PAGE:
THE AMERICAN diplomat, Brent Hardt, who has been serving as his country’s Ambassador to Guyana for almost three years, is scheduled to leave shortly against a backdrop of political controversies in which he has been involved and seemed to have relished.
Not since political independence was attained by Guyana 48 years ago, has a diplomatic envoy of a foreign nation been so involved in open domestic political controversies as Mr. Hardt. His frequent public interventions in matters of national interest, at times revealed scant disrespect for the norms of quiet diplomacy that other accredited foreign diplomats routinely observe when they find it necessary to engage the government on specific issues.
After his latest public utterances last week, that included direct accusations against Guyana’s Head of State, President Donald Ramotar—who was at the time participating in CARICOM’s 35th annual summit in Antigua—he seemed to have courted sufficient anger from a then acting Foreign Minister (Priya Manickchand) and subsequently Cabinet Secretary, Dr. Roger Luncheon that could well have resulted in an official request to President Barack Obama’s administration for his recall.
But experienced as he is in his diplomatic footworks, the provocative media-oriented Mr. Hardt-known to have developed rewarding working relations with influential domestic political opponents of the government—chose his ‘farewell’ reception last week to reveal more scathing accusations, foremost being that President Ramotar himself has been consciously violating Guyana’s constitution.
In what would be his swansong, or last political swing, Ambassador Hardt decided that last week’s traditional observance of America’s historic July 4 annual commemoration of its now 238th independence anniversary was perhaps an ideal occasion (was it?) to deliver stinging salvos at the Guyana Government for failing to hold much overdue local government elections.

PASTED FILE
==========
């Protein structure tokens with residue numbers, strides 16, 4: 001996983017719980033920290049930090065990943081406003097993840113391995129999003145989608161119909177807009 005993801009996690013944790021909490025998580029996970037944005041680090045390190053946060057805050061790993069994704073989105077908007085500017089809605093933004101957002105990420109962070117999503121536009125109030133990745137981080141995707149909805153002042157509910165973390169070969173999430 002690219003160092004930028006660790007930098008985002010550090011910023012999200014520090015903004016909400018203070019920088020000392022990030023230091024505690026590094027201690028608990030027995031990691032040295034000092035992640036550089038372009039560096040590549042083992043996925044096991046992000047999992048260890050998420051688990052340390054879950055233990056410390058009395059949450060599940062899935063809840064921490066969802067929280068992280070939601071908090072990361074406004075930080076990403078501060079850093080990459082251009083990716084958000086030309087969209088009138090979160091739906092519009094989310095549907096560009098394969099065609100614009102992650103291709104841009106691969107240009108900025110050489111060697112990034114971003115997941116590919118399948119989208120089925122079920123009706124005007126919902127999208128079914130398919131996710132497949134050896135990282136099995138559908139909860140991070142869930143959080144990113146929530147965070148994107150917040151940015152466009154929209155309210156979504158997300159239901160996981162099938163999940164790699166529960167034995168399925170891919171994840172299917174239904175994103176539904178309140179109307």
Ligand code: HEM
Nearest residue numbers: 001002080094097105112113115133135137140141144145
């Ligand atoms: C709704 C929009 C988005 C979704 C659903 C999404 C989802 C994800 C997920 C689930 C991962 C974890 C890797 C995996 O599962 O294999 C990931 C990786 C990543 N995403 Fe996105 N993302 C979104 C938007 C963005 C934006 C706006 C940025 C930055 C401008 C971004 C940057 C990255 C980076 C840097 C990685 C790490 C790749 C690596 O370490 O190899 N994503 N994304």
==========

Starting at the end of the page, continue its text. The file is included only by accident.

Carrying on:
The experienced diplomat, reputed to be well connected with the US foreign intelligence service, was previously immersed in serving with the US Embassy in Bridgetown for Barbados and the Eastern Caribbean during which I also shared in various media encounters with him.
Quite attracted to media coverage, much of which is guaranteed for him in the Guyana media—and known to be disposed to espousing conservative ideological preferences-the end of Hardt’s diplomatic service in Guyana is now quite immersed in controversies of his own creation.
His new role back in the USA is to be that of a ‘Political Adviser’ to the Commander of US Special Operations Command’ as he disclosed at the reception he hosted at his official residence and to which he seemed to have guaranteed elements to engage in some booing and jeering against caustic criticisms of him that flowed from then acting Foreign Minister Manickhand.
The unexpected verbal broadside he ran into at his reception from Guyana’s then acting Foreign Minister, Manickhand, was as surprising as his own evidently calculated undiplomatic salvos at the Guyana Government and, worse, aimed directly at President Ramotar.
He had previously garnered much media publicity-both in the state and private media—with his assumed crusading role against the government for failing to conclude arrangements for local government elections.
The last such poll occurred in 1994, two years after the defeat of the then long rule-(without free elections)-by today’s main opposition People’s National Congress which had shown no commitment in holding free and fair elections. Several pieces of legislation have been drafted, and assented to by President Ramotar but assent for a new local government poll remains outstanding.